While all the lab visits were excellent, the lab visit to the Physics Research Lab at ANU, where we were given a tour of both the Laser and Nuclear Physics labs, particularly stood out to me. We saw scientists who were able to image atoms by utilising the single photon emitting properties of electrons when exposed to correctly configured lasers and the 22 metre particle accelerator which is used for a wide array of research. While we were there a PhD student was using nuclear fusion to create gold isotopes from two lighter atoms, and the head of research was helping to prove the existence of dark matter. I was exposed to mind blowing science which has solidified my desire to pursue Science as I move from school into university. Another highly impactful experience of NYSF was the video conference with CERN. It was a unique opportunity that I do not think many other students will have. The physics that occurs in the particle accelerator is amazing, partially because it is done for pure scientific discovery but also the implications the discoveries made have on Physics. Throughout the 12 days we also heard from some inspiring speakers about pesticide resistance, drug legalisation, science in policy, forensics, Marine Biology and much more. Each of these talks broadened my scientific interests and gave me a better understanding of the wide range of opportunities available in Science. In addition to all the amazing lab visits, experiences and lectures, I had the

pleasure of meeting so many amazing people: brilliant, like-minded students who I spent the session laughing with, inspiring scientists and students who were eager to share their experiences, the lovely Staffies who were always ready for a laugh, the amazing staff at NYSF who made everything possible, the generous Rotarians who endorsed and supported me through the application process, Mr Ross for his encouragement and all the life-long friends I made during session. I would like to extend a special thank you to Margaret Northcote who made my attendance at the session possible, your generosity will never be forgotten. Attending the NYSF was an opportunity which has impacted me greatly, although probably in more ways than I am currently aware. Between intriguing lectures, insightful lab visits, amazing events and meeting brilliant people, my thinking has shifted. Year 12 stopped being an ends in itself but instead became a means; a means to explore the forefront of scientific endeavour, a licence to follow Science, to enjoy every second of Year 12 and most importantly to remain true to myself. Catherine Nguyen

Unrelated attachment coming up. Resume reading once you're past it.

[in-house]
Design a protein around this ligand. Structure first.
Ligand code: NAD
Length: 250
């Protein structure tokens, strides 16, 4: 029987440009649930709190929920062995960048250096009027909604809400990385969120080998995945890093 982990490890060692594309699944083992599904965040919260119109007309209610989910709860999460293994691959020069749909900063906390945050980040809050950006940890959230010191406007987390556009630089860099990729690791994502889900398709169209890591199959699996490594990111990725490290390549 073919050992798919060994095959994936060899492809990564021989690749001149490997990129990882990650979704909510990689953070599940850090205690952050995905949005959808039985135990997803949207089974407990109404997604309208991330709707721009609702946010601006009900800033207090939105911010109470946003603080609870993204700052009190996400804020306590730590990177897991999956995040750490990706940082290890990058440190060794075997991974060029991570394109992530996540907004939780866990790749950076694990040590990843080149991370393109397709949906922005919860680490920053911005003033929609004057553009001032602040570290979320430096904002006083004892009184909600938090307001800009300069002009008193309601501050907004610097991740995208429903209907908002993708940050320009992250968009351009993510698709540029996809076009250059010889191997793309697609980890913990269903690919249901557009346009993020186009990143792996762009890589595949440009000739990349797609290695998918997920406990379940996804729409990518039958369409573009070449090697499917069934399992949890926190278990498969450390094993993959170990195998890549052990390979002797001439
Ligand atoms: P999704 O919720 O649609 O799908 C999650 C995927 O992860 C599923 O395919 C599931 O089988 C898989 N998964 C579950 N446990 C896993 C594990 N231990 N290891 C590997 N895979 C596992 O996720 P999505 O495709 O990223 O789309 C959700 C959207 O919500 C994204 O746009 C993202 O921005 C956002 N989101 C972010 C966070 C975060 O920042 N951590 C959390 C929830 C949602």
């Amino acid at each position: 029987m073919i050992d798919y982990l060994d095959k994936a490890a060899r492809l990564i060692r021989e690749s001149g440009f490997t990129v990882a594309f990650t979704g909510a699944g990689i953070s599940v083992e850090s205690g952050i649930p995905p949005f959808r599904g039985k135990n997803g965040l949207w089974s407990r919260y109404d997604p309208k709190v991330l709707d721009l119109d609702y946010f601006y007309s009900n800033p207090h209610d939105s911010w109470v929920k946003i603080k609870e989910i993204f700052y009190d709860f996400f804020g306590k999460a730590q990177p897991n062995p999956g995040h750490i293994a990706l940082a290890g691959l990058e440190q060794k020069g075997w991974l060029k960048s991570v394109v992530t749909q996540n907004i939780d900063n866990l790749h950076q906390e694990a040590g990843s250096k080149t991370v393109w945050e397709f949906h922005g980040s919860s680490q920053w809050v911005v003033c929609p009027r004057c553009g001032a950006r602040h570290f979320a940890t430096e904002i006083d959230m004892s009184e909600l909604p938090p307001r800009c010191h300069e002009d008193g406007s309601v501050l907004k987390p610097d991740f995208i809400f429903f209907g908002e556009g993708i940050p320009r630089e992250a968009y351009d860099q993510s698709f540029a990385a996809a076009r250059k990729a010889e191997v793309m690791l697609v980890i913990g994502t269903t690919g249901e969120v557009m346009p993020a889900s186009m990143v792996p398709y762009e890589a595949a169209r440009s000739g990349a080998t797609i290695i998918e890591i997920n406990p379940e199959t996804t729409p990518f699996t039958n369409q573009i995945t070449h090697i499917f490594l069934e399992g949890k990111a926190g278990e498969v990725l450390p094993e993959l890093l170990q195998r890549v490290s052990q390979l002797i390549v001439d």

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VISIT BY NADSA ASTRONAUT SANDRA MAGNUS Between 25 and 29 September, Adelaide had the opportunity to host the International Astronautical Congress, bringing astronauts, engineers, space agencies, universities, and space professionals from around the world to convene and give presentations. I had the privilege of briefly attending the IAC this year, seeing a presentation from Bill Nye, CEO of the Planetary Society and famous TV presenter, about the Society’s recent work with solar sails. The experience was truly one of a kind, and is something I will remember and treasure for many years to come. I was able to explore my passion and interest in astrophysics and space with likeminded people, developing my knowledge about solar sails and investigating joining the Society. Another opportunity which the congress presented was having NASA astronaut Sandra Magnus visit and talk to our girls about her journey to NASA and life on the International Space Station. I was honoured to be chosen to introduce her and talk to her personally about the IAC and working as an astronaut. I aspire to one day work on the International Space Station as Sandra did, and it was incredible to be able to meet someone who had lived out my dream. She

encouraged me to pursue Physics and Mathematicss at university, giving me inspiration and motivation to continue following my passions. Overall, attending the IAC and meeting Sandra was a highlight of my final year at Wilderness, and I am extremely grateful for being able to experience such once in a lifetime opportunities. I encourage all girls interested in astrophysics and the universe to continue studying Physics and Mathematics in their senior years at school and into tertiary studies, as one day a Wildy girl could be travelling to Mars and beyond. Sarah Damin

Astronaut Dr Sandra Magnus with Wilderness School students Sarah Damin and Lucy Davis. Photograph from The Messenger


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Wilderness Times | Spring 2017

WILDERNESS DEBATING

“If we want future generations of students to… use critical thinking to get to the heart of what’s important, if we want them to go beyond participating in a conversation to actually raising the level of national discourse, and if we want them to… use [political debate] as a tool to address complex problems, we had better start teaching them the means to do so early.”